Color is the true catalyst for inspiring design

Colors from nature have always been an inspiration with its many faces, and it can enliven any interior, any time any place. Color is more than hue, brightness and saturation; it’s also ambient lighting, texture, size, shape, etc.

Interior designers are creating some of the most intriguing and powerful interiors with a wide spectrum of colors. They manipulate the colors like a musical scale creating harmony, sophistication and enhancing archi- tecture.

Color brings out positive vibes in people — it soothes and heals. It brings out human reflexive responses, general physiological responses, and social and cultural responses. People are happier and healthier in their favorite colors.

It’s been observed that nature conditions man to feel most comfortable with a dark-value color beneath his feet, a medium-value surrounding him and a light-value above. This is exemplified in the dark tones of earth, green foliage and a light sky. In color, it is interesting to note that man has color vision. Most animals see the world in shades of gray, except birds, lizards, turtles and some fish. Man has the most prevalence of color blindness; the inability to distinguish red and green. Therefore, many have a hard time with color, just as infants do not respond to color — only black and white.

So, what is color? Color is lightness and saturation. It is a theory based on the principle that color is light, and therefore, light and color work together. You need the right light for color and, colors need the right light. When a beam of white light is diffused by means of a crystal prism, a spectrum of the entire range of pure colors is visible to the eye.

Color surrounds us everywhere and is an important part of our lives. Everything in the world has color. It brings beauty to our clothing, food and environment. Since color is one of the most important and powerful elements in interior design, it should be one of your first considerations in your starting point.

Where do you start to pick your colors? The flooring? The walls? The fabrics? And how many colors?

Color is a very complex element and there’s so much to know, even when selecting a single color for a room. Planning an intelligent color scheme is much more complicated of a task than just looking at pictures and color chips.

What’s the first thing you notice about a room? The color, which generally determines the mood of that room.

Most people know what colors they like, but are unable to put colors together because colors tend to play tricks with our eyes and seem to change when played one against the other.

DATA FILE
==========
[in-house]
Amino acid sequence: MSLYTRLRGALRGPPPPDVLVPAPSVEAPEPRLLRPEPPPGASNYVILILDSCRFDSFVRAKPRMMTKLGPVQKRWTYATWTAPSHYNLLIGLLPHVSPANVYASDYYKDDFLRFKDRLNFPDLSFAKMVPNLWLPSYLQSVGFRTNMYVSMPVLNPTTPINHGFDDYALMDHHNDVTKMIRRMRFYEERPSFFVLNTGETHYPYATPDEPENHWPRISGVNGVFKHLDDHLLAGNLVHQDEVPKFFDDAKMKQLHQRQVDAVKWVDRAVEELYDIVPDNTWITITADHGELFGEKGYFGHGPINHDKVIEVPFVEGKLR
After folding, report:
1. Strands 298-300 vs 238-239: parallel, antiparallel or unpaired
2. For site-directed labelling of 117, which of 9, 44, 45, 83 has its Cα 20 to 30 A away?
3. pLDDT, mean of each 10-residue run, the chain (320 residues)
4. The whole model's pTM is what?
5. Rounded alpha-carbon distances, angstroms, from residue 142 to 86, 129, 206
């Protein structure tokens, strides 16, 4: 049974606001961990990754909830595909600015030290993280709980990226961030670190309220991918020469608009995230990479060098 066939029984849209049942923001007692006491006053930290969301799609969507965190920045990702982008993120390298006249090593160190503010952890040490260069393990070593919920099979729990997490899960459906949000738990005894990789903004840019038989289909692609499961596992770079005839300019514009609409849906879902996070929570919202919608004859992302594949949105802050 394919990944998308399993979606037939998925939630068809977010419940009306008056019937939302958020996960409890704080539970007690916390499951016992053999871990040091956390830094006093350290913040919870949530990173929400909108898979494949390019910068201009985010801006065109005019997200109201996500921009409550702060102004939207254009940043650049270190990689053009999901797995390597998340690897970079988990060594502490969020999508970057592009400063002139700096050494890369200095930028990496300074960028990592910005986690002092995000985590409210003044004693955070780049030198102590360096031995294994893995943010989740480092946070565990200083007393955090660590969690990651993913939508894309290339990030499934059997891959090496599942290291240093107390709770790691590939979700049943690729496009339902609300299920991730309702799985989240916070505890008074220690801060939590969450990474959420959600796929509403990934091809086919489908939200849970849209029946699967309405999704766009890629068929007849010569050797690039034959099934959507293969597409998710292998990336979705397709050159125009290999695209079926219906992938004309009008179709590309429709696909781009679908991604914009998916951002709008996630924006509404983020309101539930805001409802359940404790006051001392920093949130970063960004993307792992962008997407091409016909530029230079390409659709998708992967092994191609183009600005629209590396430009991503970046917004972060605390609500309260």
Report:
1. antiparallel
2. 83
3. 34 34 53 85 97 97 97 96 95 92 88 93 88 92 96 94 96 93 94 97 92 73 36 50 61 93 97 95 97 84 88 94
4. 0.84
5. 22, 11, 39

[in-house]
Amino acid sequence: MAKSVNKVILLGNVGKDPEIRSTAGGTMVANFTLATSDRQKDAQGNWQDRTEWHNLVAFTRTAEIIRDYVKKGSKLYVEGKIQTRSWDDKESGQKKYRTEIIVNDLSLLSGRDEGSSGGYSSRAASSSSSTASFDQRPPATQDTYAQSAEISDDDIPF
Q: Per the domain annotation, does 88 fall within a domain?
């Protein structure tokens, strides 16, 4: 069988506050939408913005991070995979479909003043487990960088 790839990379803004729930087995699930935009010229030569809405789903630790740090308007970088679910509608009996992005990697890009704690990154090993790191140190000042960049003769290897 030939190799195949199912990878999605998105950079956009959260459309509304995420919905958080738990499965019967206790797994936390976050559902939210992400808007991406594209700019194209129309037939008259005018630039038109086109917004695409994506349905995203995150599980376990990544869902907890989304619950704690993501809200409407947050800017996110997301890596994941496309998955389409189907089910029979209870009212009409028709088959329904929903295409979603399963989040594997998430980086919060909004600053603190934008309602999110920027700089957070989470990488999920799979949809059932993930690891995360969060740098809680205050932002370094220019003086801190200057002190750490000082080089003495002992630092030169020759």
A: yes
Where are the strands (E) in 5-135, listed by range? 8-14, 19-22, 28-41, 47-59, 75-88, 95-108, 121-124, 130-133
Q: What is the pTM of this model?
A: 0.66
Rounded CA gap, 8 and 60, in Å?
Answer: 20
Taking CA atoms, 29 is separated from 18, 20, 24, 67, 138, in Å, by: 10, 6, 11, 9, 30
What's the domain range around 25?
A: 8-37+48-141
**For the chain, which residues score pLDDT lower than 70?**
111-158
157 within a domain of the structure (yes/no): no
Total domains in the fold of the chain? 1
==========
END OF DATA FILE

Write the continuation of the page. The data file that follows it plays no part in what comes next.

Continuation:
Color is never out of style, so don’t be afraid to explore with colors. For- get about the savvy concept of “fad.” Choose colors and patterns that are timeless, not trendy. Let your colors be daring and romantic.

Color adds excitement to shapes, textures and materials. Color creates an environment and helps us stratify culture. When we see color in a finished room, we see it both vertically and horizontally, it comes at us from all angles.

Remember that colors are different in sunlight, incandescent lighting and fluorescent lighting. Be sure to view colors during the day and at night time.

Also, colors tend to change tones. Beige may turn pinkish, tan goes lighter and darker, and whites go from stark white to blue, gray, etc.

Color is a two-edged sword that cuts both ways. Picking colors improperly can bring about discord and imbalance, whereas properly picked colors bring harmony and equilibrium. Choose few colors, rather than many. The ideal house has areas of both light and dark colors.

Light, whether daylight or artificial, is the determining factor for “true color.” Since light modifies colors we should be sure that the color we select, whether in paint colors, fabrics or flooring, it’s seen in the light where it will live. Color will often seem to shade from one wall to another, or even one part of the wall to another part, because the light hits the surfaces differently. Color allows you to communicate your individuality and create the environment that says, “You!” It puts you into your personalized comforting zone.

In picking colors, there are many choices: bright colors, mellow colors, neutral colors and dramatic colors. White is a good neutral color to accent around, with jewel tones or bold tones. Reds and blues, in accessories, are great accent colors for kitchens.

Use light colors to make a small room appear bigger, use darker colors to make a big room more cozy and intimate. And yet, dark colors used in small rooms can also create a dramatic effect.

For a vibrant color scheme — al- though it is not for everyone — venture toward the jewel tones of red-orange, blue-purple, yellow-gold and blue-and-green teals.

In creating your environment that is comfortable for all members of the family with your color palette, remember color and light must have balances and harmony. You must have a design that’s good and lasting.

Ken Dean is an award-winning professional interior designer, interior design teacher and writer for 40 years. His website is www.deaninteriordesign. com. He can be reached at (661) 251- 0170.

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